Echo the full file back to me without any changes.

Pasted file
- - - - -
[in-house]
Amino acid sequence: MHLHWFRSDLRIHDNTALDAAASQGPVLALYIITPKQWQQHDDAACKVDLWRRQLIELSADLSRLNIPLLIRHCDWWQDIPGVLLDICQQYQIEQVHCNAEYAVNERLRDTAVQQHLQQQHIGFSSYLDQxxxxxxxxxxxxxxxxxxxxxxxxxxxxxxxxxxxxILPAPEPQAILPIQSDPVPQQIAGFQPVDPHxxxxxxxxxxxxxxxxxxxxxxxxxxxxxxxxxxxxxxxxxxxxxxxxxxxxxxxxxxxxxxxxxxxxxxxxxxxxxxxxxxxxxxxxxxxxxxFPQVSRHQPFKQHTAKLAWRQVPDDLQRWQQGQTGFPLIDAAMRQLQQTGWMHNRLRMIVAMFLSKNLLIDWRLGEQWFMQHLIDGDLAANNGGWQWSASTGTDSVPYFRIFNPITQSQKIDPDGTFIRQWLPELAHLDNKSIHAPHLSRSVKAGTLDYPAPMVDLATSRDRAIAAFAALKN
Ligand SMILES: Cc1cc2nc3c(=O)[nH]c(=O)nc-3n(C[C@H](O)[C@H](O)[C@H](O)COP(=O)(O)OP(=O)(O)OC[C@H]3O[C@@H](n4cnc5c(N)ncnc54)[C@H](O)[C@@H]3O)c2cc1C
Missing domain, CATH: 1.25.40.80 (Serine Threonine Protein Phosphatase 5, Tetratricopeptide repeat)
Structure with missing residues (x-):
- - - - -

[in-house]
Amino acid sequence: MHLHWFRSDLRIHDNTALDAAASQGPVLALYIITPKQWQQHDDAACKVDLWRRQLIELSADLSRLNIPLLIRHCDWWQDIPGVLLDICQQYQIEQVHCNAEYAVNERLRDTAVQQHLQQQHIGFSSYLDQxxxxxxxxxxxxxxxxxxxxxxxxxxxxxxxxxxxxILPAPEPQAILPIQSDPVPQQIAGFQPVDPHxxxxxxxxxxxxxxxxxxxxxxxxxxxxxxxxxxxxxxxxxxxxxxxxxxxxxxxxxxxxxxxxxxxxxxxxxxxxxxxxxxxxxxxxxxxxxxFPQVSRHQPFKQHTAKLAWRQVPDDLQRWQQGQTGFPLIDAAMRQLQQTGWMHNRLRMIVAMFLSKNLLIDWRLGEQWFMQHLIDGDLAANNGGWQWSASTGTDSVPYFRIFNPITQSQKIDPDGTFIRQWLPELAHLDNKSIHAPHLSRSVKAGTLDYPAPMVDLATSRDRAIAAFAALKN
Ligand SMILES: Cc1cc2nc3c(=O)[nH]c(=O)nc-3n(C[C@H](O)[C@H](O)[C@H](O)COP(=O)(O)OP(=O)(O)OC[C@H]3O[C@@H](n4cnc5c(N)ncnc54)[C@H](O)[C@@H]3O)c2cc1C
Missing domain, CATH: 1.25.40.80 (Serine Threonine Protein Phosphatase 5, Tetratricopeptide repeat)
Structure with missing residues (x-):